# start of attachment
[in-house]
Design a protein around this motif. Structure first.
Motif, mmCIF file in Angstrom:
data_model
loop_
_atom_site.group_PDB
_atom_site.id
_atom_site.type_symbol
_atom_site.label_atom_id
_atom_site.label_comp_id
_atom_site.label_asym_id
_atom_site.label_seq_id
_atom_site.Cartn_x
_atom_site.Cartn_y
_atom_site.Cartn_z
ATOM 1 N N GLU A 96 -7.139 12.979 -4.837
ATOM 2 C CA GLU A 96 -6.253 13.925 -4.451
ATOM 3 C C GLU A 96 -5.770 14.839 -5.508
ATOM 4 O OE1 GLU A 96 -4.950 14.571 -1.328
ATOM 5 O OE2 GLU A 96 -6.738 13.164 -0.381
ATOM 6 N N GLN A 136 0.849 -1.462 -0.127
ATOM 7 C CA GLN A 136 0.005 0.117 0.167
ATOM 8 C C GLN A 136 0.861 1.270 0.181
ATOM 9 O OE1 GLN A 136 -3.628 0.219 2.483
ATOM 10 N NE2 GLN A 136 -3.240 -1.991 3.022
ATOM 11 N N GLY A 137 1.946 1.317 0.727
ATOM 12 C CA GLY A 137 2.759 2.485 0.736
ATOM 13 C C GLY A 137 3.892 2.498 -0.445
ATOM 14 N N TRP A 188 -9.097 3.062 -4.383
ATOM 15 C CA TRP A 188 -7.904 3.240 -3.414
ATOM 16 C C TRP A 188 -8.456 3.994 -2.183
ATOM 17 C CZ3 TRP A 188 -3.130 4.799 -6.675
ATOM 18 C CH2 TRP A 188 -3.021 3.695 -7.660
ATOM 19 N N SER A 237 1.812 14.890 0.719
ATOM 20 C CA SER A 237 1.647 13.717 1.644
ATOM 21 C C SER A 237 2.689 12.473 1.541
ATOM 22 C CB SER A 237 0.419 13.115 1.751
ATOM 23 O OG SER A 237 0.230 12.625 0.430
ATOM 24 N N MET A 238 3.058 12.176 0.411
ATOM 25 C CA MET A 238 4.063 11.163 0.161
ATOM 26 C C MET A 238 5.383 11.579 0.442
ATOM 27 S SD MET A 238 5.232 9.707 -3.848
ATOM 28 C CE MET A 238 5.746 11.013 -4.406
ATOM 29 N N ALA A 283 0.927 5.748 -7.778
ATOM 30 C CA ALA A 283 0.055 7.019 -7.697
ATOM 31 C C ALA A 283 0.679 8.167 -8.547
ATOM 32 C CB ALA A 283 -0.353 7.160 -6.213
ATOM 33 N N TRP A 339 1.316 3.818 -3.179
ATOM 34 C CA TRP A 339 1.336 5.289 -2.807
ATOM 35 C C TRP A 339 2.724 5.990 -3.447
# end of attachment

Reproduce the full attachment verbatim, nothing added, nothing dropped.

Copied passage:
[in-house]
Design a protein around this motif. Structure first.
Motif, mmCIF file in Angstrom:
data_model
loop_
_atom_site.group_PDB
_atom_site.id
_atom_site.type_symbol
_atom_site.label_atom_id
_atom_site.label_comp_id
_atom_site.label_asym_id
_atom_site.label_seq_id
_atom_site.Cartn_x
_atom_site.Cartn_y
_atom_site.Cartn_z
ATOM 1 N N GLU A 96 -7.139 12.979 -4.837
ATOM 2 C CA GLU A 96 -6.253 13.925 -4.451
ATOM 3 C C GLU A 96 -5.770 14.839 -5.508
ATOM 4 O OE1 GLU A 96 -4.950 14.571 -1.328
ATOM 5 O OE2 GLU A 96 -6.738 13.164 -0.381
ATOM 6 N N GLN A 136 0.849 -1.462 -0.127
ATOM 7 C CA GLN A 136 0.005 0.117 0.167
ATOM 8 C C GLN A 136 0.861 1.270 0.181
ATOM 9 O OE1 GLN A 136 -3.628 0.219 2.483
ATOM 10 N NE2 GLN A 136 -3.240 -1.991 3.022
ATOM 11 N N GLY A 137 1.946 1.317 0.727
ATOM 12 C CA GLY A 137 2.759 2.485 0.736
ATOM 13 C C GLY A 137 3.892 2.498 -0.445
ATOM 14 N N TRP A 188 -9.097 3.062 -4.383
ATOM 15 C CA TRP A 188 -7.904 3.240 -3.414
ATOM 16 C C TRP A 188 -8.456 3.994 -2.183
ATOM 17 C CZ3 TRP A 188 -3.130 4.799 -6.675
ATOM 18 C CH2 TRP A 188 -3.021 3.695 -7.660
ATOM 19 N N SER A 237 1.812 14.890 0.719
ATOM 20 C CA SER A 237 1.647 13.717 1.644
ATOM 21 C C SER A 237 2.689 12.473 1.541
ATOM 22 C CB SER A 237 0.419 13.115 1.751
ATOM 23 O OG SER A 237 0.230 12.625 0.430
ATOM 24 N N MET A 238 3.058 12.176 0.411
ATOM 25 C CA MET A 238 4.063 11.163 0.161
ATOM 26 C C MET A 238 5.383 11.579 0.442
ATOM 27 S SD MET A 238 5.232 9.707 -3.848
ATOM 28 C CE MET A 238 5.746 11.013 -4.406
ATOM 29 N N ALA A 283 0.927 5.748 -7.778
ATOM 30 C CA ALA A 283 0.055 7.019 -7.697
ATOM 31 C C ALA A 283 0.679 8.167 -8.547
ATOM 32 C CB ALA A 283 -0.353 7.160 -6.213
ATOM 33 N N TRP A 339 1.316 3.818 -3.179
ATOM 34 C CA TRP A 339 1.336 5.289 -2.807
ATOM 35 C C TRP A 339 2.724 5.990 -3.447